Part one — EOS Resource model

eos sw/eden
9 min readSep 30, 2020


The proposed resource model (1) looks like a general improvement to the current system. While also adding additional requirements to users and node operators (in particular those providing or indexing history). The proposed model increases a user’s actions that are required to be filed in their tax reports as well as potentially increasing the growth rate of both block log and indexed history data. This is likely to result in additional difficulties for history providers. Readily available account history is something we see as essential for user experience of any public ledger.

by eosswedenorg


  • Abstract
  • Introduction
  • A potential struggle for filing your taxes
  • We may start to see unused resources
  • Increased block size and network traffic
  • Investigating number of actions and amount of CPU per producer
  • Potentially increased growth rate of current history and block data
  • Looking briefly at NET utilization
  • Summary


The new resource model does look like an improvement in general to the current system where a lot of resources stay unused. It will potentially allow users to easier and more freely interact with the EOS blockchain. Especially if there is a layer of resource sponsoring by dapps like Eosrio, Dexaran and suggested in their articles (2, 3). This idea would complement the new resource model in a neat way to allow common users to avoid the hassle of resource management. Which from a user experience viewpoint is essential.

A potential struggle for filing your taxes

Users and businesses operating in any area where there are requirements to comply with tax regulations may potentially experience difficulties with the new model. Since we are based in Sweden we will use that as an example.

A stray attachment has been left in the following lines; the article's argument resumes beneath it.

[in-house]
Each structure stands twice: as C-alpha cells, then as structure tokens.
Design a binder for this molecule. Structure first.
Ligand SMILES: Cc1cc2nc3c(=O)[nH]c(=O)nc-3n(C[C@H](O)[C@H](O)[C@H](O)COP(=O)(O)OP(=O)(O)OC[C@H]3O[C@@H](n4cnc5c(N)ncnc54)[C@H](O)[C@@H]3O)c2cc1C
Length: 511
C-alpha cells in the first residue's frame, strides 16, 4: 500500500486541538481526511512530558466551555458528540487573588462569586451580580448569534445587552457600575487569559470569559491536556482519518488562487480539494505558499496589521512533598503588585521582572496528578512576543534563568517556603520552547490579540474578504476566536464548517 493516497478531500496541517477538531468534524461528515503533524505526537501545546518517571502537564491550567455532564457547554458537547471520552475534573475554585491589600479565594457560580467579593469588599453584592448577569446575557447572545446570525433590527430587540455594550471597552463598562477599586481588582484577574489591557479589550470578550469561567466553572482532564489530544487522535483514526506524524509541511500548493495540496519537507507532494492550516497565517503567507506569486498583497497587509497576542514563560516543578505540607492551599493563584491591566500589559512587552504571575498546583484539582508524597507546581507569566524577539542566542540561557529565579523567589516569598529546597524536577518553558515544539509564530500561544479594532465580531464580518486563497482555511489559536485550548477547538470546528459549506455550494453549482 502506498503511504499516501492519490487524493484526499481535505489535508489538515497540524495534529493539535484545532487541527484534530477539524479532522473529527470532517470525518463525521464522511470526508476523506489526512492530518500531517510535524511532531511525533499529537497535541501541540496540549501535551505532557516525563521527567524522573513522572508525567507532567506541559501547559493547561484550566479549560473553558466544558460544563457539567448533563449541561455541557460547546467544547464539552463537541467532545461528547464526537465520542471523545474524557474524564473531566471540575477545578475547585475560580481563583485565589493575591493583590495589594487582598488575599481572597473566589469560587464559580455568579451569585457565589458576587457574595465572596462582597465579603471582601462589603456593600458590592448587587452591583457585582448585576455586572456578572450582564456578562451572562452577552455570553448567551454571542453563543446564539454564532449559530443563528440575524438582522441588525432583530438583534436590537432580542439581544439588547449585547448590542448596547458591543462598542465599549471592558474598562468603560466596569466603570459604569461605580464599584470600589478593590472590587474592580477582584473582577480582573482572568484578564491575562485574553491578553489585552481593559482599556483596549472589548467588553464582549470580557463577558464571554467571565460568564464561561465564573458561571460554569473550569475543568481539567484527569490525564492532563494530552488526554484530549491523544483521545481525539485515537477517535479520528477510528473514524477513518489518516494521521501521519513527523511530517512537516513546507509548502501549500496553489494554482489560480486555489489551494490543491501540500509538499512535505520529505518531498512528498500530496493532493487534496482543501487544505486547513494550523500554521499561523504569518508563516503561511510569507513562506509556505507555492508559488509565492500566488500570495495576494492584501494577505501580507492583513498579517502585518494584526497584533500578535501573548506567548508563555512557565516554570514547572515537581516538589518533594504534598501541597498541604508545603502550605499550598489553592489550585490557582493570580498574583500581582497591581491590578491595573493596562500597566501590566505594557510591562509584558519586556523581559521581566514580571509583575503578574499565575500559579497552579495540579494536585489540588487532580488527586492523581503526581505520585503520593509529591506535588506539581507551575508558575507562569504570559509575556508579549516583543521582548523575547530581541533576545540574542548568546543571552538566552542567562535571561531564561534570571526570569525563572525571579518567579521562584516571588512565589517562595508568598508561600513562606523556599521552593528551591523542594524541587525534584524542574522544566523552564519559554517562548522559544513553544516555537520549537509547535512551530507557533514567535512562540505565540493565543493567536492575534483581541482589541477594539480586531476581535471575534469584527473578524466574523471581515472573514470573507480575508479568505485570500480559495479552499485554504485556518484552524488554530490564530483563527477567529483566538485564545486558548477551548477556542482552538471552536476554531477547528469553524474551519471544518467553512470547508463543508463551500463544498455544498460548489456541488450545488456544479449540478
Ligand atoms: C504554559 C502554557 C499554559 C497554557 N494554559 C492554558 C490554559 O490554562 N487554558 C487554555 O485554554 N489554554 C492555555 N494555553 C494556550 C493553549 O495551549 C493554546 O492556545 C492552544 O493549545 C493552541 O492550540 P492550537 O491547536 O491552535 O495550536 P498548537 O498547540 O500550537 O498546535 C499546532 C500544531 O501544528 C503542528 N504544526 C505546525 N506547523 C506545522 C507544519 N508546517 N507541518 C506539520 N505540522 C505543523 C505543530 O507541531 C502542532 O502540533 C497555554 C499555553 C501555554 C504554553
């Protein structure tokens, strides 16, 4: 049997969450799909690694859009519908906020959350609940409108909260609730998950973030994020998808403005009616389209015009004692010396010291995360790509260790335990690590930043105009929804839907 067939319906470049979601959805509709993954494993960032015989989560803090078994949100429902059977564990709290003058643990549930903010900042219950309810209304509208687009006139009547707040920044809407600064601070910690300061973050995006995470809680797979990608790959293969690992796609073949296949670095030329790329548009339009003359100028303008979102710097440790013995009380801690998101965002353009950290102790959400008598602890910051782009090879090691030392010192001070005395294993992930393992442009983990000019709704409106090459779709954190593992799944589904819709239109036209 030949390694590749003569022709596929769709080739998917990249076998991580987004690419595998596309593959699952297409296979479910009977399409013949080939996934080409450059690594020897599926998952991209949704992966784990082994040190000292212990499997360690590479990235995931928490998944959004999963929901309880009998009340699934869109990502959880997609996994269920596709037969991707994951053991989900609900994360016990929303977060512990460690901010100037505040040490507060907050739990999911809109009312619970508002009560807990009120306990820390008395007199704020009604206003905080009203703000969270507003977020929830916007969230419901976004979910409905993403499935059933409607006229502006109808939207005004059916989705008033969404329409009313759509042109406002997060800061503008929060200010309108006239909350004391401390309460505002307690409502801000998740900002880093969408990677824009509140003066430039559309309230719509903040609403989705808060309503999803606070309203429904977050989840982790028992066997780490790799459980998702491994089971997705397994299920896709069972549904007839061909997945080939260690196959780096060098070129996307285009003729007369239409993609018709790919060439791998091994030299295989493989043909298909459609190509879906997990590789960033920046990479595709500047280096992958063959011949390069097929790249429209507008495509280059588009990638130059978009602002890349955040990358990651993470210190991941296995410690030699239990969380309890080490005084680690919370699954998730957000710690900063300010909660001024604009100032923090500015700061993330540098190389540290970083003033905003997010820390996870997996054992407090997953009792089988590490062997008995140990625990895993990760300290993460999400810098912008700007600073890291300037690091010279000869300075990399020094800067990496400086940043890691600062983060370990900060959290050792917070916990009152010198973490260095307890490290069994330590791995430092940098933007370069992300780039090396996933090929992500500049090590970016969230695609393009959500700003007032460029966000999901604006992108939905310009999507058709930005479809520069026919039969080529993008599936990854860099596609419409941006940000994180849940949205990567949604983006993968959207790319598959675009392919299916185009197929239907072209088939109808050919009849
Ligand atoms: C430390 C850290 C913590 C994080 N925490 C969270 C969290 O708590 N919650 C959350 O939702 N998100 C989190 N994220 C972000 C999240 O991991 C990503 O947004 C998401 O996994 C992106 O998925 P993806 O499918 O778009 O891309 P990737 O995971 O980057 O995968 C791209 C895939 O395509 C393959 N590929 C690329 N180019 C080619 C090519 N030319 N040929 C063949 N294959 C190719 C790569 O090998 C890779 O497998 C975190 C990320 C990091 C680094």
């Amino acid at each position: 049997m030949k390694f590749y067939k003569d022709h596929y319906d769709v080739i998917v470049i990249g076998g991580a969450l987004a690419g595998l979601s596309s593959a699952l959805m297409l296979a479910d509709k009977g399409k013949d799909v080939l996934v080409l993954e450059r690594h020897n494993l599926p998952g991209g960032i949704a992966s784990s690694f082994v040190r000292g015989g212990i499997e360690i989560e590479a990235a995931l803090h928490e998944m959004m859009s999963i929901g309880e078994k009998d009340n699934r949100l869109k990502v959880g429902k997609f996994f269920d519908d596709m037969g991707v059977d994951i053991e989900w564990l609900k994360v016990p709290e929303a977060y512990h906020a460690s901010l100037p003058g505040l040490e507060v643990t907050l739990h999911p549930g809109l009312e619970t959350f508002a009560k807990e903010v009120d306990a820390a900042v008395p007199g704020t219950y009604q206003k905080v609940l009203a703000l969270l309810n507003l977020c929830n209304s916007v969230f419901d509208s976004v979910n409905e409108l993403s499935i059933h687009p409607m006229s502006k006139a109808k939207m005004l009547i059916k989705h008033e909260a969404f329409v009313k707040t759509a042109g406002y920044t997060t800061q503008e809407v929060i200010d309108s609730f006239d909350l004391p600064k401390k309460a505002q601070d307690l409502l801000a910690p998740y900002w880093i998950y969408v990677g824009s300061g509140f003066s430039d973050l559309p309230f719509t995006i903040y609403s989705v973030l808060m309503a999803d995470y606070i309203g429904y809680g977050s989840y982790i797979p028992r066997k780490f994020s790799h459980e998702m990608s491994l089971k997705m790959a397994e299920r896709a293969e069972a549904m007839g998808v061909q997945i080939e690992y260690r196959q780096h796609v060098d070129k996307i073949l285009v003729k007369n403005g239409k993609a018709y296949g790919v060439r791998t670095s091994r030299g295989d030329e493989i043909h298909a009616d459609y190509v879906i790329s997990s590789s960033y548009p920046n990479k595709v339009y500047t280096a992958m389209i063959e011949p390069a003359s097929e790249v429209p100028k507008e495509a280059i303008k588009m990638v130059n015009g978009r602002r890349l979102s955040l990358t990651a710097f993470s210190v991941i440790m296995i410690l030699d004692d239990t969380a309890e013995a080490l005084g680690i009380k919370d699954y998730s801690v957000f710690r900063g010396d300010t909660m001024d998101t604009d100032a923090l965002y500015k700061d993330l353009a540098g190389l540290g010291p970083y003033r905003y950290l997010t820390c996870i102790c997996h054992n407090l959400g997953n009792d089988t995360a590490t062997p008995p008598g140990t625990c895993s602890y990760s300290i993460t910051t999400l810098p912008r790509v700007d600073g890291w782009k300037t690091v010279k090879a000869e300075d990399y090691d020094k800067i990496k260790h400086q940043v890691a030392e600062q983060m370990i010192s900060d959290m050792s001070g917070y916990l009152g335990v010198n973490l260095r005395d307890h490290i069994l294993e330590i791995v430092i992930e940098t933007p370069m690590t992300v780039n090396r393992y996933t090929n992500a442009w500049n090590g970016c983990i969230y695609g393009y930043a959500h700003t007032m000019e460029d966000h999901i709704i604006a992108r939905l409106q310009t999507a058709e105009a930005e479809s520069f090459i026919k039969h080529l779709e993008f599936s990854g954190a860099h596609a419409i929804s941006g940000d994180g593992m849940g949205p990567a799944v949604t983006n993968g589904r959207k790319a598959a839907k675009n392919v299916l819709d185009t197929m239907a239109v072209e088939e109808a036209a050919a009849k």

Situations where you need to document and report taxes for cryptocurrencies:

  • Selling, Trading and swapping.
  • If you buy goods.
  • If you buy services.
  • If you borrow assets.
  • If you lend assets.
  • If you earn rewards.
  • If you sell services or goods in any way.

The recently suggested resource model will create more taxable events on the EOS blockchain by requiring users to participate in buying service with their tokens. If they also earn and claim rewards for their stake, they will create more taxable events. The current system leaves participation in REX optional, and you can buy tokens once and stake for resources which makes it easier to comply with tax requirements.

By Swedish law you need to store a copy of your taxable events for seven years. Right now, a little more than two years after EOS has launched the available public history solutions are extremely limited. For the full tax reports a user would need all their account(s) history. For a business operating on the EOS blockchain this dataset can become rather large and difficult to maintain for history operators. For this purpose it is essential that a public ledger is freely and easily available for users to access their history. Currently most available history solutions only offer the last 1000 transactions of an account, which does not allow Swedish users to easily comply with their tax requirements.

With the requirements from local tax regulations and the new subscription model for resources the need for full transaction history of the EOS blockchain is essential. With exchanges adding (4) the requirements of KYC on all fiat/crypto gateways, and the available analysis tools becoming better, the risk for users not to comply with their local tax regulations are likely going to grow. Most people today freely comply with tax requirements of their country, and as we move forward this is likely going to be easier to enforce. This is especially true for your average user that does not take intentional steps to distance themselves from their fiat and exchange transactions.